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 Post subject: '95 Kona Hahanna rebuild
PostPosted: Wed May 30, 2012 5:26 pm 

Joined: Wed May 30, 2012 11:57 am
Posts: 3
Location: London
Having owned my '95 Kona Hahanna from new, I decided it was time to lavish some attention on it.

I didn't want to break the bank, but still wanted a fast, clean and responsive ride for my daily London commute.

Resisting the current London hipster trend for single speed conversions, I've set the bike up to suit how I ride with a 1:8 drivetrain. Wanting a 42t front crank and finding a distinct lack of affordable but well made single speed front ends that fit a slim line chain, I ended up fitting a Raceface DH crank . Fairly heavy but a nice solid bit of kit at a great price that came with a sweet BB system included.
I've fitted a new rear cassette (I was still running the factory fitted 7sp cluster!) and new rear mech. Front mech has been relegated to my box of old parts along with all the old cables.
Peddles were upgraded to Shimano hybrid spd/flats so I've got plenty of footwear options!

Back around '96 or '97 I saved up my pocket money to buy some beautiful Azonic 2.5inch riser bars. Super strong and super lightweight, with a very thin diameter, but just a tad long. So I've finally trimmed a couple of inches off to help with the London bus squeeze-through factor! Kept the ends raw so the exposed metal contrasts nicely with the blue powder coating of the bar.
Although serving me extremely well, the old Kona velocity threaded stem was a bit worst for wear, so I decided to change over to ahead. Now I didn't want to lose my fantastic Project 2 forks, so I purchased a Brand X headset conversion kit: Dead easy to fit, (once I'd worked my way around the rusted and consequently stripped stem bolt), and looks great with the new Octane One headset and gold spacers (matching the frame/stem bolts). A short XLC stem works with the raised bars to maintain my preferred upright riding position.
I decided to stay true to the bike's original factory set-up, so I've installed a new Sram (attack) gripshift, with a welcome upgrade to 8sp. When I fitted it I found the shifter wasn't compatible with the new Sram X4 rear mech I'd fitted (apparently Sram build shifters/mechs that are Shimano compatible but don't work with their proprietary kit!), so I've swapped it out for a Shimano Alivio mech; budget bit of kit, but works fantastically well combined with the new shifter.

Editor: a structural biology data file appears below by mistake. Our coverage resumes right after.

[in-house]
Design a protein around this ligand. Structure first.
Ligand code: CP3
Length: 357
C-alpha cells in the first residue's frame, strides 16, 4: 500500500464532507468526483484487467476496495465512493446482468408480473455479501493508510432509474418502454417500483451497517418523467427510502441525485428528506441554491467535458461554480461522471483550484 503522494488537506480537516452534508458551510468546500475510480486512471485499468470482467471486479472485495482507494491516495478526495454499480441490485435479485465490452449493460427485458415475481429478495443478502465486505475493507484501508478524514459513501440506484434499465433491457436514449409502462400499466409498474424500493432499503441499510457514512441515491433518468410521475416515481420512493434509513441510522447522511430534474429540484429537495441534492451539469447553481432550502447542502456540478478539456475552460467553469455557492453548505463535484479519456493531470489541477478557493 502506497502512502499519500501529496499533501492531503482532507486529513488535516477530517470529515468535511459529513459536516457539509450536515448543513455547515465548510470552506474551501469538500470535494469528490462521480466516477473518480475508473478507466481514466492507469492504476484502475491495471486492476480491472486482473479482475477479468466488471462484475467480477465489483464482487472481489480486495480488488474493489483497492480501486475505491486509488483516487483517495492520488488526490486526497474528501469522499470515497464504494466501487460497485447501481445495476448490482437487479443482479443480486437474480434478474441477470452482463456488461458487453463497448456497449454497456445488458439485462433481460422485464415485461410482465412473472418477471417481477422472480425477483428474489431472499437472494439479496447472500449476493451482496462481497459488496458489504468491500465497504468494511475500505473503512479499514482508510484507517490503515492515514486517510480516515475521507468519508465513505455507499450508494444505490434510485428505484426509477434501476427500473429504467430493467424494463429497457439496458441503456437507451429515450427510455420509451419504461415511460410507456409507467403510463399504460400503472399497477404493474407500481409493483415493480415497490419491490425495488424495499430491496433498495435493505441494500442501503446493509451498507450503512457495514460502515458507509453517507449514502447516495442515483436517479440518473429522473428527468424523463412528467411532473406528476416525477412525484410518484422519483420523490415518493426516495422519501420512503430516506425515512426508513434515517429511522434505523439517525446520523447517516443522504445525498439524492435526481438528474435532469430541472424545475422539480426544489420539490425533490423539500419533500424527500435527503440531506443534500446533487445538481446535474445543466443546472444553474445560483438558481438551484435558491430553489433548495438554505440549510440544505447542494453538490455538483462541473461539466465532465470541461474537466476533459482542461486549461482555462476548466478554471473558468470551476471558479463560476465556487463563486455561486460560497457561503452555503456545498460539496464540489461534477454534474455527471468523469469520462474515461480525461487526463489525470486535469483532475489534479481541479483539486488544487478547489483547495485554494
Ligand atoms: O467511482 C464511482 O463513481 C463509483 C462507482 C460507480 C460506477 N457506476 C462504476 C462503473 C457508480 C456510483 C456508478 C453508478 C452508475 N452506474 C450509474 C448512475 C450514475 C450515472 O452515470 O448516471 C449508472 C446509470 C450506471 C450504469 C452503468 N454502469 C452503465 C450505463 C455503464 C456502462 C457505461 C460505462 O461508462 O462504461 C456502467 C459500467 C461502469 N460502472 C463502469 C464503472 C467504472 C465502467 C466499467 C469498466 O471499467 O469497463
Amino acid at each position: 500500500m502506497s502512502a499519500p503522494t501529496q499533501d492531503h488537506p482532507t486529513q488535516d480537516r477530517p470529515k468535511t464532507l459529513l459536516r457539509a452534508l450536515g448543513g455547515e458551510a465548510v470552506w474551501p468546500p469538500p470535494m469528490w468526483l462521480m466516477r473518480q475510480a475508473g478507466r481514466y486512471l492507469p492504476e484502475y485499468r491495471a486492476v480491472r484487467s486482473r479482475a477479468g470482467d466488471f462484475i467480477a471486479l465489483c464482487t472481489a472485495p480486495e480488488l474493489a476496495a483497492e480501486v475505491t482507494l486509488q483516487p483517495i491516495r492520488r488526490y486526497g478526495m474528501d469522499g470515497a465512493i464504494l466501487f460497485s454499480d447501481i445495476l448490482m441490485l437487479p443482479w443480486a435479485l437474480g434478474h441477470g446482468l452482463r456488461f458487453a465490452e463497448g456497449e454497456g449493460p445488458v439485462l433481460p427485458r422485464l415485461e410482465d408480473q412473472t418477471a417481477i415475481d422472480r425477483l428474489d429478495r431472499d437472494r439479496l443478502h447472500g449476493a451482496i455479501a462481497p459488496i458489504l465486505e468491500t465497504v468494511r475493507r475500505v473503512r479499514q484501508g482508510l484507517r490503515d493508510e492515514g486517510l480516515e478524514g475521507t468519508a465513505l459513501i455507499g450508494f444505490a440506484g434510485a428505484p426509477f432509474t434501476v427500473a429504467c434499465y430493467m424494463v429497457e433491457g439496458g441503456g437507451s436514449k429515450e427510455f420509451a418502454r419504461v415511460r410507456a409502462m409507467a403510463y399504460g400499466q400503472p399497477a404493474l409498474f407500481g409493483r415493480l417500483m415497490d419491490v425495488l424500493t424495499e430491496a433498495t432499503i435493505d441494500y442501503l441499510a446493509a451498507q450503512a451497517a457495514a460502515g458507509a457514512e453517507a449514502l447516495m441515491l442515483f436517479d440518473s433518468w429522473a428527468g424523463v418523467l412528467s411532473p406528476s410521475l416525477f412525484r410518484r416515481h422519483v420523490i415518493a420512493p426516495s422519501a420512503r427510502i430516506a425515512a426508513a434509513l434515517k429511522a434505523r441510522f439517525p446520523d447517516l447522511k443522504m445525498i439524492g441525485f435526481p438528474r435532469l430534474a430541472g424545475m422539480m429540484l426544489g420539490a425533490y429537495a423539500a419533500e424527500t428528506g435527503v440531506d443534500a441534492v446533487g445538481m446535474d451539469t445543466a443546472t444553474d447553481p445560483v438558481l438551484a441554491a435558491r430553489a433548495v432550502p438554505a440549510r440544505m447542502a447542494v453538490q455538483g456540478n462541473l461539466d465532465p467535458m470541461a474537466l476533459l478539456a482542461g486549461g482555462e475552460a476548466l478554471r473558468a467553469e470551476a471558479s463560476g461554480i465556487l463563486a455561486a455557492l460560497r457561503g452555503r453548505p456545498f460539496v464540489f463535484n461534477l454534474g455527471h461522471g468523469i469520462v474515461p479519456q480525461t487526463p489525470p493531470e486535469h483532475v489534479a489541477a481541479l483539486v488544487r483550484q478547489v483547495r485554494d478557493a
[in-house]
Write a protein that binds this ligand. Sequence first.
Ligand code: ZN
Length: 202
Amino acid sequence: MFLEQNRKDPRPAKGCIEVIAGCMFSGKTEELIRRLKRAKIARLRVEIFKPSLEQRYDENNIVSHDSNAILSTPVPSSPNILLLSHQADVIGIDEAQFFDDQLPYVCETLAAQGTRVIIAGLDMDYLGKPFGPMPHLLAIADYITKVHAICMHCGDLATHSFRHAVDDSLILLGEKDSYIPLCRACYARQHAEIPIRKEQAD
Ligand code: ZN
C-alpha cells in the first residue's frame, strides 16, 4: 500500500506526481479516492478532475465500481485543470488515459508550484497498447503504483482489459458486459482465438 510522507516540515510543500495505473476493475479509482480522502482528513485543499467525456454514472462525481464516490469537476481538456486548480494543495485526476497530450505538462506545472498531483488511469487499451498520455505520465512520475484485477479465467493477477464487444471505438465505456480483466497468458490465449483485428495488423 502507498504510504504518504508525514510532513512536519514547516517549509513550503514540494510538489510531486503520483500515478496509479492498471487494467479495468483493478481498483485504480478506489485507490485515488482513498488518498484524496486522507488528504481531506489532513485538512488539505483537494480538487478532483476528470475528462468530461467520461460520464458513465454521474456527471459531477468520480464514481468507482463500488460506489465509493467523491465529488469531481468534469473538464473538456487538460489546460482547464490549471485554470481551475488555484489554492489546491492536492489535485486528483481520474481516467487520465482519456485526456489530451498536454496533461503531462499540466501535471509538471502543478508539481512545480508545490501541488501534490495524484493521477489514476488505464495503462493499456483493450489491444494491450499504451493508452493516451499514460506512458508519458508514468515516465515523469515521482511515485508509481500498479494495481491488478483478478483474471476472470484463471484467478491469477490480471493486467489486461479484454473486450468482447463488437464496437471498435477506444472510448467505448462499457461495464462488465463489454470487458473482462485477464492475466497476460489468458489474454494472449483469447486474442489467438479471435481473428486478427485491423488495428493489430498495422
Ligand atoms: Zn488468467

I serviced the XT v-brakes I'd received as a birthday upgrade some years before, and replaced the cables. Combined with some Odi lock on grips (130mm on the left, 90mm on the right to accommodate the shifter), my new cockpit was looking pretty solid.

About 10 years ago I mashed the original back wheel just in time for Christmas, so was able to fit a marginally upgraded Mavic 517 with LX hub. I got this straightened at the local bike shop (£8, which is basically the cost of a new spoke key!), meaning I could optimise the set up of my refurbished XT v-brakes, giving me super responsive stopping power. Front wheel was still in pretty good working order following a few gentle tweaks.
Wanting that really fast and responsive ride, about 6 months ago I fitted some Continental gatorskins. Lovely tyres, still very sticky after more than 1000 miles, and only one puncture ever (from a massive shard of glass). Combined with some metallic Schrader valve caps, my wheels were ready to go.

Pilot seat:
New lightweight stem (you wouldn't believe how heavy the original Kona steel thing was), and Charge saddle, with a fixed stem bolt and my ride was completed.

So, for a budget upgrade I'm extremely pleased with how it turned out; reckon I spent just over £250 altogether. Given my 15 year relationship and many many miles with this bike I think it was well worth it.
In a year or so I'll think about powder coating the frame and some additional component upgrades dependant on how I decide to use the bike. But for the time being I am loving my daily commute on a very fast, light and responsive bike that is perfectly suited to the way I ride!

Thanks to Retrobike for plenty of inspiration and advice.
And for anyone who's got an old bike that means something, it's well worth the money, hours of research and multiple refunds on components that don't fit! I think the most important thing is to make sure your build tailors your bike exactly to the way you ride.

Kona Hahanna 1995 side profile 2 by luff2012, on Flickr[/img][/url]

Kona Hahanna 1995 cockpit by luff2012, on Flickr

Kona Hahanna 1995 rear by luff2012, on Flickr

Kona Hahanna 1995 drivetrain by luff2012, on Flickr

Kona Hahanna 1995 front 3/4 by luff2012, on Flickr

 Post subject:
PostPosted: Thu May 31, 2012 11:56 pm 
Retro Guru
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Joined: Wed Mar 21, 2012 11:23 pm
Posts: 938
thatspretty sweet looking as it is, i wouldn't worry about paint unless its not as great as the photos suggest.

I would say bar plugs may be a nice idea from a safety point of view though.

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